Casinos must benefit Thais
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Casinos must benefit Thais

As the digital wallet and land bridge plans face uncertainty, the Srettha administration is making a new political move with its casino complex economic stimulus project.

Unlike the two other policies, the casino plan has not drawn much criticism, meaning the government can claim credit.

The legalisation of casinos has been a thorny issue in Thailand. Over the past three decades, legalisation attempts by governments and lawmakers have run into hurdles as opponents and anti-gambling groups cited moral and social issues to oppose it.

However, resistance has reduced markedly over time. Anti-gambling groups are not as fierce as they were two decades ago. That might be because lawmakers have spent a number of years crafting policies and laws that curb anti-gambling input.

The latest policy and related laws will only legalise casinos in government-approved entertainment complexes, and they will not legalise online gambling and gambling elsewhere, including in underground dens.

The government will also form a multi-level casino board and a special state body to prevent unwanted social impacts, such as gambling debts and increased criminal activities, such as money laundering.

On Thursday, the government will table the entertainment complex bill in the Lower House for a reading. It won't be surprising if the draft quickly becomes law. The Srettha administration has set a goal of opening a casino in an entertainment complex within two years.

The government expects to collect at least 12 billion baht in revenue from concessions and related tourist spending. The labour ministry believes at least 50,000 people will be hired to work in complexes, which are to be located near international airports or in border provinces with permanent immigration checkpoints, such as Phuket, Phangnga, Krabi, Chiang Mai, Chiang Rai and Phayao.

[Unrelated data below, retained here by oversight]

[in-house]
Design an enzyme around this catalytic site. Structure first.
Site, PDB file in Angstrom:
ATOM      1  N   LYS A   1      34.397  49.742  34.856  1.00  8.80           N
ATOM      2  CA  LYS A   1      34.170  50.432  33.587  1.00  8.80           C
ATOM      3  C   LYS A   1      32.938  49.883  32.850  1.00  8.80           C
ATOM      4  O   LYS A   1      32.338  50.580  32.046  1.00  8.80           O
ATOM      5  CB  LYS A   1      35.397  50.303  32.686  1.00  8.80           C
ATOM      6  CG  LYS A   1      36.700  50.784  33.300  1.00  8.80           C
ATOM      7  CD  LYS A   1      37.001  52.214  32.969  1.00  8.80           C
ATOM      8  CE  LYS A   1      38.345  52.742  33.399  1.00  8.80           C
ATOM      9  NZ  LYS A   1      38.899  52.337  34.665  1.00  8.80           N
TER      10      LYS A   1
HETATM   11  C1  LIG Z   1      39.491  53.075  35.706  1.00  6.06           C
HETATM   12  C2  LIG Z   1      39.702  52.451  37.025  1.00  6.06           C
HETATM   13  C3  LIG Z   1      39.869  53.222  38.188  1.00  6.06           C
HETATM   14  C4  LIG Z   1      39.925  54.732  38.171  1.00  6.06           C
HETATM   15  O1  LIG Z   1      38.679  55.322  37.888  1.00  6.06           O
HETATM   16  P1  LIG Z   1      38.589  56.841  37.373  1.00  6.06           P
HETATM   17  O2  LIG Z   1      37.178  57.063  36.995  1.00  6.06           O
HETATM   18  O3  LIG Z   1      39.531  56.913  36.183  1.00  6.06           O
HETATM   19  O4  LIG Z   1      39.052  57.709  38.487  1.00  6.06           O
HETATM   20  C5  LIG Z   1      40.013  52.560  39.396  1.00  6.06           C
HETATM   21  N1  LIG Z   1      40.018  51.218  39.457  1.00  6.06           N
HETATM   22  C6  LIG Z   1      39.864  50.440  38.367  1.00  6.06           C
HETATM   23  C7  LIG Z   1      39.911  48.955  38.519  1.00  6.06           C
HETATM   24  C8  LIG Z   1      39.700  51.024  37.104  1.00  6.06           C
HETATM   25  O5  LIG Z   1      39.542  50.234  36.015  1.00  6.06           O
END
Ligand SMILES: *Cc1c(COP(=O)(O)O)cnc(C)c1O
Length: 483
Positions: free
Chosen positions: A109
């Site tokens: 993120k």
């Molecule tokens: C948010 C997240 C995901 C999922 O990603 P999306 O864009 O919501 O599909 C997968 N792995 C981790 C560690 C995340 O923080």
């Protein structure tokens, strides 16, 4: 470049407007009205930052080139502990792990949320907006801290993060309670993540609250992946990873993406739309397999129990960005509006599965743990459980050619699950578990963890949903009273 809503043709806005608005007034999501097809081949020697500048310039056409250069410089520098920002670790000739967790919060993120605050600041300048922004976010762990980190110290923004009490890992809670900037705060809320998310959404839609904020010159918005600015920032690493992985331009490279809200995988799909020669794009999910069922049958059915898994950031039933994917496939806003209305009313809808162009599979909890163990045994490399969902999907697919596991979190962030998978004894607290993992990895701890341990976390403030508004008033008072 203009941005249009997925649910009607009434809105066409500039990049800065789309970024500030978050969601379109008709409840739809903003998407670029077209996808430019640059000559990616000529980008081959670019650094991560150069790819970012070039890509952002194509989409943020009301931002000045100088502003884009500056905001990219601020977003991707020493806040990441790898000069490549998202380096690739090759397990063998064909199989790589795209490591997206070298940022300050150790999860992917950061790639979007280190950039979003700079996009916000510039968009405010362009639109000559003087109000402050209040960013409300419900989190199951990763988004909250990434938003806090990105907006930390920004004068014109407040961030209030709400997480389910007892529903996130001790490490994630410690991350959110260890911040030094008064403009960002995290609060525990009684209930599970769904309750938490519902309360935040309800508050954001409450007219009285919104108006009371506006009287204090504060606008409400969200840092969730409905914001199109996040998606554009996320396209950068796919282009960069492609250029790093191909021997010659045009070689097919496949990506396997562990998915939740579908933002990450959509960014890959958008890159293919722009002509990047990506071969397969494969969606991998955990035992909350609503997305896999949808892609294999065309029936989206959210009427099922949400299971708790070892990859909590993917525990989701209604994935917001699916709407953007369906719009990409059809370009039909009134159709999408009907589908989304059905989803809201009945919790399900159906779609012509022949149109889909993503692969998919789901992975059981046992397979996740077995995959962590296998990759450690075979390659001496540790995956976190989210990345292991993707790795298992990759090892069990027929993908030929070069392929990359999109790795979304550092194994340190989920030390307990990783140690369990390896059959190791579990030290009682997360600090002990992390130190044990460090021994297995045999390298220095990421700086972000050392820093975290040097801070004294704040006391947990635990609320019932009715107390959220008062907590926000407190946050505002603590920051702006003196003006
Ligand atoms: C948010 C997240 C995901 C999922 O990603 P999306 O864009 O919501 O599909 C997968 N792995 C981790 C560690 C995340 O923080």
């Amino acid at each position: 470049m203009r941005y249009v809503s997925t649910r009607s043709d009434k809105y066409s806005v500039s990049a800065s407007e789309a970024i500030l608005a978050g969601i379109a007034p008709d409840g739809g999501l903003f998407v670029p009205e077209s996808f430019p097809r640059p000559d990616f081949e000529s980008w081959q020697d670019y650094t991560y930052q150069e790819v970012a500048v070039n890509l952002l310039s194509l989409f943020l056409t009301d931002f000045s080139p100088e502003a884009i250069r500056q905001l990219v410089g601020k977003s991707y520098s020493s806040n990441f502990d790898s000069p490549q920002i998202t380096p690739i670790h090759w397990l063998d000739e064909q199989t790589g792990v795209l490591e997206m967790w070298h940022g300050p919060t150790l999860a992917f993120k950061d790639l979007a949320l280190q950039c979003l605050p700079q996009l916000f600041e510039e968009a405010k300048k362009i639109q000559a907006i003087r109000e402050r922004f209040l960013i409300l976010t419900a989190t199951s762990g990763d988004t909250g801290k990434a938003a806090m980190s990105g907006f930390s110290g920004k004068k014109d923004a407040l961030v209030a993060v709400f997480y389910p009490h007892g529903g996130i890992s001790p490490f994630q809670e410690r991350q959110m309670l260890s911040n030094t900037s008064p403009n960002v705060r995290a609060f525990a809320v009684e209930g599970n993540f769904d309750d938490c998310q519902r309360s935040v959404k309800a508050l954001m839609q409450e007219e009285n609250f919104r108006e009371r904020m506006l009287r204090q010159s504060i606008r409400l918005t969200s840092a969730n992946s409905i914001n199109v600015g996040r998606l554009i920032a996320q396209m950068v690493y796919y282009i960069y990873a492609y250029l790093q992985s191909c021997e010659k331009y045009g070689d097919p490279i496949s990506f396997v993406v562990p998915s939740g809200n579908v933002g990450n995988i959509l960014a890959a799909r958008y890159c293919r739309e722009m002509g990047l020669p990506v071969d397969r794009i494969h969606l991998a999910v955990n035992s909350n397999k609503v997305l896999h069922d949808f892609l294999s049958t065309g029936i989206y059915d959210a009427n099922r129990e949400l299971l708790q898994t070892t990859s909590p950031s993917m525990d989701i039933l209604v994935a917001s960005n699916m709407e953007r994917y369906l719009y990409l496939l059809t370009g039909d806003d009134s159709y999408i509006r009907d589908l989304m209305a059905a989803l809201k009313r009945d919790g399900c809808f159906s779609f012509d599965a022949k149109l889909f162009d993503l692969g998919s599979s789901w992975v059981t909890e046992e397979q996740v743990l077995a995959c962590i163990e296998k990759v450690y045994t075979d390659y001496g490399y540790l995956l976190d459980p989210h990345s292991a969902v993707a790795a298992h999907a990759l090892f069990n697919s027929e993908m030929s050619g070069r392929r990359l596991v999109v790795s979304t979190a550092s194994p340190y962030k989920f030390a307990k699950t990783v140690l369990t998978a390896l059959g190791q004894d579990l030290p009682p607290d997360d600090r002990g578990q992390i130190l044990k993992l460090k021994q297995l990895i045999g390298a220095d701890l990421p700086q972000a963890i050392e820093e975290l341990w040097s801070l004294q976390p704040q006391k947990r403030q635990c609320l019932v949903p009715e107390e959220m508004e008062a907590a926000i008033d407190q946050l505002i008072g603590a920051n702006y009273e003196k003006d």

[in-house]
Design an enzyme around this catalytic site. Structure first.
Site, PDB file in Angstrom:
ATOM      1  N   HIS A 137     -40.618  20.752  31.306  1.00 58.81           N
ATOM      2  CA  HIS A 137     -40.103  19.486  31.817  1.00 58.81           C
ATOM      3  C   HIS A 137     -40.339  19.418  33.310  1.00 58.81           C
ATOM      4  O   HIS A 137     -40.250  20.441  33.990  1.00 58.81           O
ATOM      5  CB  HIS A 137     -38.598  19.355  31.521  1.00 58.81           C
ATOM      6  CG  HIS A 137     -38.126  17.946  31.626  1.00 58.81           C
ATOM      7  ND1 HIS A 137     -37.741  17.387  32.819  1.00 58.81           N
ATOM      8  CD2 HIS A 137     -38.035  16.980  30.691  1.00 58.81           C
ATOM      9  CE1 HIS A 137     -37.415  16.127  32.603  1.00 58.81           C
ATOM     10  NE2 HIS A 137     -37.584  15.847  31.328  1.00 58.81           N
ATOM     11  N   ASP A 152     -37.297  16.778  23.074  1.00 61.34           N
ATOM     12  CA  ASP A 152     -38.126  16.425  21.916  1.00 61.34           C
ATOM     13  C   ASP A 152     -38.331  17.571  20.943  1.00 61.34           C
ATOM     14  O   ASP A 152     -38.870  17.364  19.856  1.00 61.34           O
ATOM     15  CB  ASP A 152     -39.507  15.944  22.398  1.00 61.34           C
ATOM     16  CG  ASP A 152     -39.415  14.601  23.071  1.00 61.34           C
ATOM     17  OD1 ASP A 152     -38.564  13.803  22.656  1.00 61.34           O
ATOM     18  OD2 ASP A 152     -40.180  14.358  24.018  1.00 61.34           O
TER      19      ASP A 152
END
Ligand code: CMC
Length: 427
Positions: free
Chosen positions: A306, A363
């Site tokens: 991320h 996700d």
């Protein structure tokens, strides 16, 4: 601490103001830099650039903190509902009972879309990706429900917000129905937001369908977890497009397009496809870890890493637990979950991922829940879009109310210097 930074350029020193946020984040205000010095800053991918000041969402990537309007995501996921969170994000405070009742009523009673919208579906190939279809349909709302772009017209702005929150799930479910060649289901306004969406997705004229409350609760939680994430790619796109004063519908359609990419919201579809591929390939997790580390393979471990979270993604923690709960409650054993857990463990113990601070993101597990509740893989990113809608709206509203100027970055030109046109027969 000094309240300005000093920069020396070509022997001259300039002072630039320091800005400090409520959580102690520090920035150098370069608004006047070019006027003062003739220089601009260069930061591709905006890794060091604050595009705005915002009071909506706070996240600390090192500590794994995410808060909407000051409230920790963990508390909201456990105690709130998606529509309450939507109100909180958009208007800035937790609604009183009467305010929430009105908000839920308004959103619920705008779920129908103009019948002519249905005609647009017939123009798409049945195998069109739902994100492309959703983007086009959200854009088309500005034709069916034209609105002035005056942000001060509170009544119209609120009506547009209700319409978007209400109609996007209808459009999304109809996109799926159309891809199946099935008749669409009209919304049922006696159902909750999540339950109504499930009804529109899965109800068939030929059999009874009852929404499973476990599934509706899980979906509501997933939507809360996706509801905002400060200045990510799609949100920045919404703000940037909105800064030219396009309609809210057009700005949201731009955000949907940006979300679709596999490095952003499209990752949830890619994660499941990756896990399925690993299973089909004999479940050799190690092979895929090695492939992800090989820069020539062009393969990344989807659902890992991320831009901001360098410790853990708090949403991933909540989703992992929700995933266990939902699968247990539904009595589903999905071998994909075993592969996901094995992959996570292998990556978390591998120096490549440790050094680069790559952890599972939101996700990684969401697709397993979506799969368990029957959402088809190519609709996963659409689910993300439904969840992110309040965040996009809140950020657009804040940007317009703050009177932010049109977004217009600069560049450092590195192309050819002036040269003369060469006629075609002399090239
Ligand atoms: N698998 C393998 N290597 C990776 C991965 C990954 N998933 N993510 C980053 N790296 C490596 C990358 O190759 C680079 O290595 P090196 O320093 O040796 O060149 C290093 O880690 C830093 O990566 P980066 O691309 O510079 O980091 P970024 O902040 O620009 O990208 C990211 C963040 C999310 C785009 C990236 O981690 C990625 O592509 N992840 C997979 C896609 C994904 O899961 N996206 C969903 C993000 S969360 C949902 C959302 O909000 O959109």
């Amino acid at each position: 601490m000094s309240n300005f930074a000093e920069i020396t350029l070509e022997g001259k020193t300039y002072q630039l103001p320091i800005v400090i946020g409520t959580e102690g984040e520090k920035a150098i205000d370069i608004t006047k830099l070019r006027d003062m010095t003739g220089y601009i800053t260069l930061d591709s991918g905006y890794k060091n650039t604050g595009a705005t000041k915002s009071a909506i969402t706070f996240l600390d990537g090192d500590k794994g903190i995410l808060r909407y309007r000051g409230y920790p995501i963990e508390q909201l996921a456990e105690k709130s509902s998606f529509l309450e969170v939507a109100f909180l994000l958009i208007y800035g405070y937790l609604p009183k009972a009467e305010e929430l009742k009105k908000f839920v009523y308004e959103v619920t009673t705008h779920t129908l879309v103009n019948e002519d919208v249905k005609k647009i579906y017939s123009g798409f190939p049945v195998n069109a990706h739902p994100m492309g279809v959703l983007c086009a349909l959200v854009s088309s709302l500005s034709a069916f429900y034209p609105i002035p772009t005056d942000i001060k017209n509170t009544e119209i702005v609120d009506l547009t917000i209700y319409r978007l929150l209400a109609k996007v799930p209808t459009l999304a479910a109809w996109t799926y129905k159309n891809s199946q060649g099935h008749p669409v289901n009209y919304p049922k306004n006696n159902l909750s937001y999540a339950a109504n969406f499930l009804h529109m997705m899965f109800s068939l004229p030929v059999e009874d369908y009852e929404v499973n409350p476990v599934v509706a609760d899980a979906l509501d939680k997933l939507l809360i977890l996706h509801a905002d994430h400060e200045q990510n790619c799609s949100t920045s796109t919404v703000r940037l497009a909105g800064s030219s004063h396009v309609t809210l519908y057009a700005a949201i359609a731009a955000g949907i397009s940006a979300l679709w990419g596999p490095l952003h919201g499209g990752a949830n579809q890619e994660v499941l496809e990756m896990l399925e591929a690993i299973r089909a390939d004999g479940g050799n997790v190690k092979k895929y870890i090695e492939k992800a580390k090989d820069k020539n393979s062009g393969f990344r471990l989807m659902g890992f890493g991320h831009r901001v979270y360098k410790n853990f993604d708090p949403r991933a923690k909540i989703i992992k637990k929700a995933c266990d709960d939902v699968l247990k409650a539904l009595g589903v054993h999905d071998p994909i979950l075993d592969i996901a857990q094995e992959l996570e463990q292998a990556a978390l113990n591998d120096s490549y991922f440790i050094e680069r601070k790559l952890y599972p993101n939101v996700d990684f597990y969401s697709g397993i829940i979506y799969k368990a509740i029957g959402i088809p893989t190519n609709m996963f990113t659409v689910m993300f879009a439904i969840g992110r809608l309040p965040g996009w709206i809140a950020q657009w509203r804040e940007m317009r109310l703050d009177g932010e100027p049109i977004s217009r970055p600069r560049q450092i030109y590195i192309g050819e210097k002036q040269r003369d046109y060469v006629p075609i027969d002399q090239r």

Despite the expected economic gains, the Srettha government must be cautious and not be blinded by profit. Casino legalisation will only be beneficial if the government can avoid negative social impacts and use the money to aid social development. Can the government, with its record of blatant corruption, rise to the occasion?

Senator Sangsit Piriyarangsan, an expert on the casino legalisation policy, urged the government to impose a 2,000-baht fee to improve the lives of locals. He also asked the government if the casino board would create a "blacklisting system" for people who are addicted to gambling. Sen Sangsit also warned the government about underground businesses prone to money laundering.

That said, the government must be careful when offering concessions. It must only select casino operators with a good business record.

Without fair and transparent bidding, Thailand will be a place for casino operators in neighbouring countries, such as Laos and Myanmar, to continue their business. Some of the casinos operated in neighbouring countries have been involved in crimes, including human trafficking. Most importantly, the government must be vigilant in waging war against illegal local gambling dens and online betting websites.

Thai society, including the government, must not believe that casino legalisation will prevent underground dens in Thailand. To end illegal gambling, the government must force the police to do their jobs and penalise those who allow gambling dens in their jurisdiction.


Bangkok Post editorial column

These editorials represent Bangkok Post thoughts about current issues and situations.

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